DREAM Act has room for improvement

Undocumented students face obstacles at a federal level when applying for student aid.

Keelia Moeller

It’s been more than a year since Gov. Mark Dayton passed the Minnesota’s DREAM Act, which allows undocumented students residing in the state to apply for financial aid. By filing an application, undocumented students who aspire to attend college can now become eligible for a Minnesota State Grant if they meet certain requirements.

The DREAM Act application does not require official documentation for those who are unable to provide it, but any college hopeful must have graduated high school in Minnesota and be able to prove that they are applying for lawful immigration status.

This step toward equality was monumental, and it has certainly provided opportunities to those that deserve them. However, some of this program’s inconsistencies seem to have been overlooked.

Federal aid increases or decreases along with a student’s academic credit load, among other factors — students who take a full load of credits or come from a disadvantaged family generally receive more federal grant money.

One problem is that undocumented students cannot receive federal aid from the Free Application for Federal Student Aid. In fact, the DREAM Act fact page actually warns against applying for FAFSA aid. Without being eligible for this money, undocumented students must resort to working longer hours, which in turn drives up their income and lowers the amount of aid they are able to receive at the state level.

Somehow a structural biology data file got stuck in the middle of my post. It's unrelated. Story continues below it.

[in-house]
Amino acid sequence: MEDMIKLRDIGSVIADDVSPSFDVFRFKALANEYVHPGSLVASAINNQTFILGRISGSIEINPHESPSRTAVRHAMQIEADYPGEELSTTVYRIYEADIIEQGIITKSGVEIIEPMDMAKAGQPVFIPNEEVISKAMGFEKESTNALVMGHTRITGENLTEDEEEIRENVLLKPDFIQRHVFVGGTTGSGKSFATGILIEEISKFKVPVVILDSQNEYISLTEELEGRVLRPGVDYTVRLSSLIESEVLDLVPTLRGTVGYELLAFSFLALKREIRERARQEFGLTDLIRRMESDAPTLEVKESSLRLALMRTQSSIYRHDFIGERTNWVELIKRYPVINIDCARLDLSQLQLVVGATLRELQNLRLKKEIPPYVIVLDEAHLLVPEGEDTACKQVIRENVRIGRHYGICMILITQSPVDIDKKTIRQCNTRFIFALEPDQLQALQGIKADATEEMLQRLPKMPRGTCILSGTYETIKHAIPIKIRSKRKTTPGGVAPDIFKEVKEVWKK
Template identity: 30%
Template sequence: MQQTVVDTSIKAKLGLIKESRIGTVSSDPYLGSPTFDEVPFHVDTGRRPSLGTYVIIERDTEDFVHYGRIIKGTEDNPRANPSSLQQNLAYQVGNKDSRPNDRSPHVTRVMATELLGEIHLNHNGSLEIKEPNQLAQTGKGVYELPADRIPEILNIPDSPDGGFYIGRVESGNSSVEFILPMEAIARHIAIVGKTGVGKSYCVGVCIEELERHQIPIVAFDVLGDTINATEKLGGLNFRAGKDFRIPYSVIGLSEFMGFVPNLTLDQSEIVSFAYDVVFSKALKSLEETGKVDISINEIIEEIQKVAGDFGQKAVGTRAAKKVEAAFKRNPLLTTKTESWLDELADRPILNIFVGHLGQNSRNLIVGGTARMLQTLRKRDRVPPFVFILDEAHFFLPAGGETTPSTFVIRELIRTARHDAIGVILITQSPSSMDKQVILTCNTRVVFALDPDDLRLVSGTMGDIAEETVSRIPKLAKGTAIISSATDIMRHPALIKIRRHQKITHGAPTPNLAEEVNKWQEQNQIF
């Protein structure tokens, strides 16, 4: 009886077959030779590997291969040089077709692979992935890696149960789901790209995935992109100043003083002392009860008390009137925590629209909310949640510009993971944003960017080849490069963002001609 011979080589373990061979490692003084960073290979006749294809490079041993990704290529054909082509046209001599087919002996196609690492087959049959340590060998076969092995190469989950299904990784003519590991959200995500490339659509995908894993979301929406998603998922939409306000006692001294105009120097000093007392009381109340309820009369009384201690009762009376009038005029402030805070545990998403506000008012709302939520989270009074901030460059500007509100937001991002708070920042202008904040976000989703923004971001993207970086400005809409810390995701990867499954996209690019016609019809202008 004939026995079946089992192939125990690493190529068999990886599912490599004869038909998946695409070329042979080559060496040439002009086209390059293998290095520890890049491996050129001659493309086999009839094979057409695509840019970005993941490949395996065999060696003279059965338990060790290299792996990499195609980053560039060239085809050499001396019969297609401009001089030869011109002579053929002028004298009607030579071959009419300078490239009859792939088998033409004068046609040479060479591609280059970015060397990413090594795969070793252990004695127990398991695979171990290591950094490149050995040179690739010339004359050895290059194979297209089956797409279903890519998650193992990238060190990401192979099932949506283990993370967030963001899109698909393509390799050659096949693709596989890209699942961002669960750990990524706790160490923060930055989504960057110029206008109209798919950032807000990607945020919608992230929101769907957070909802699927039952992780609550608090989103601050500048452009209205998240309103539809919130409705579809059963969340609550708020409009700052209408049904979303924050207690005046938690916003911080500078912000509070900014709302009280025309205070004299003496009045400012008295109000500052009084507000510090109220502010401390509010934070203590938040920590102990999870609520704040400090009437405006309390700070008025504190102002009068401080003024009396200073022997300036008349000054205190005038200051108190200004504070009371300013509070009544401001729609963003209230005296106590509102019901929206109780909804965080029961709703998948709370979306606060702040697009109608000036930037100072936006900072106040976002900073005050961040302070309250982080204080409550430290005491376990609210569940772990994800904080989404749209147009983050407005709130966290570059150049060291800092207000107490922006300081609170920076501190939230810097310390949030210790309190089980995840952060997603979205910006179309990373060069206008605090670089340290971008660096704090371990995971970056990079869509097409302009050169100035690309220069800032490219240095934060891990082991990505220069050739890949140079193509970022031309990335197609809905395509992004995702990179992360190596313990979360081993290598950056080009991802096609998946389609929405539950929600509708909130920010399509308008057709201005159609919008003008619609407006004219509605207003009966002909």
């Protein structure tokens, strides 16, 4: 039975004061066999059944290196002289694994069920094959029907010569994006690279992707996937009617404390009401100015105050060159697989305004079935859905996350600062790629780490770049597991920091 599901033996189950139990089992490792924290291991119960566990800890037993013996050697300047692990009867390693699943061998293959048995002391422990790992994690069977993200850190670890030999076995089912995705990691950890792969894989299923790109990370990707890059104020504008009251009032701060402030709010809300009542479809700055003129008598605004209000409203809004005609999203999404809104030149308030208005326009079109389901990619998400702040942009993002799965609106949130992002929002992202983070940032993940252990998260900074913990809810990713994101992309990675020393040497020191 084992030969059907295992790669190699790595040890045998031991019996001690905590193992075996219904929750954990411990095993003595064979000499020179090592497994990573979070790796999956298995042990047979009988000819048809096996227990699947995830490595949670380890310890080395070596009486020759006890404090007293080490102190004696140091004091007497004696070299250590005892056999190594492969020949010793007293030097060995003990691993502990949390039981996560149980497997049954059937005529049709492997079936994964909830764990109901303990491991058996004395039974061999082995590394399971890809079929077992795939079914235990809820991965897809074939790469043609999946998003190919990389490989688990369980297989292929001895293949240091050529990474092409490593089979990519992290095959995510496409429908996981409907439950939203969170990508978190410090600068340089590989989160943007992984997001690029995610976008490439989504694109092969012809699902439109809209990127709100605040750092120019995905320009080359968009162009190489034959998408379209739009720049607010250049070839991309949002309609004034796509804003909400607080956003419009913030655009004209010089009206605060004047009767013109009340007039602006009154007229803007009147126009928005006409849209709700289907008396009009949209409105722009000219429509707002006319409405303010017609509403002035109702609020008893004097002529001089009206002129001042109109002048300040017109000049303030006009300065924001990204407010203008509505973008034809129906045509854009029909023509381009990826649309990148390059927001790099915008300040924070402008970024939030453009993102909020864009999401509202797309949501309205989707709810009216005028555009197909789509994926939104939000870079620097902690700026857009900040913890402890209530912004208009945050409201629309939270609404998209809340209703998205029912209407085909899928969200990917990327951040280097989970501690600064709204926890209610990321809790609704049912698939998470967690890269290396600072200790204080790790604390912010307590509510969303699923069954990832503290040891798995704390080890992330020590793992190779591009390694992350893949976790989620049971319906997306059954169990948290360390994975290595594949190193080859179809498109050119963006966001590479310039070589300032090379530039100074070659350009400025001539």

This formula presents no problems to students who are eligible to receive federal Pell Grants. However, undocumented students are legally prohibited from receiving money from the federal government. Taking more credits in turn does not correlate to increased aid from the state. Students hoping to graduate in four years must combat working longer hours to afford their classes and decreased amounts of time to study.

In many cases, this formula forces undocumented students to lighten their academic workloads in order to maximize the financial benefits they receive from the state. This is rather disheartening for those who are hoping to complete their academic journey in a reasonable amount of time and actually focus on their studies.

Even with its drawback, there are still many benefits. Undocumented students are able to pay in-state tuition, receive privately funded aid and still have an opportunity to do this while working on becoming legal residents. It is not perfect, but it is a start.

We should not let this discourage the nation from working toward change. With great changes come great flaws, but not insurmountable ones. Regardless, the Minnesota DREAM Act is an enormous step in the right direction.

Allowing undocumented students to go to college, find a decent job and contribute to society while trying to attain their green cards — and ultimately citizenship — benefits everyone. More needs to be done to address the gap between state and federal aid for undocumented workers, as having conflicting laws just confuses everyone and benefits no one.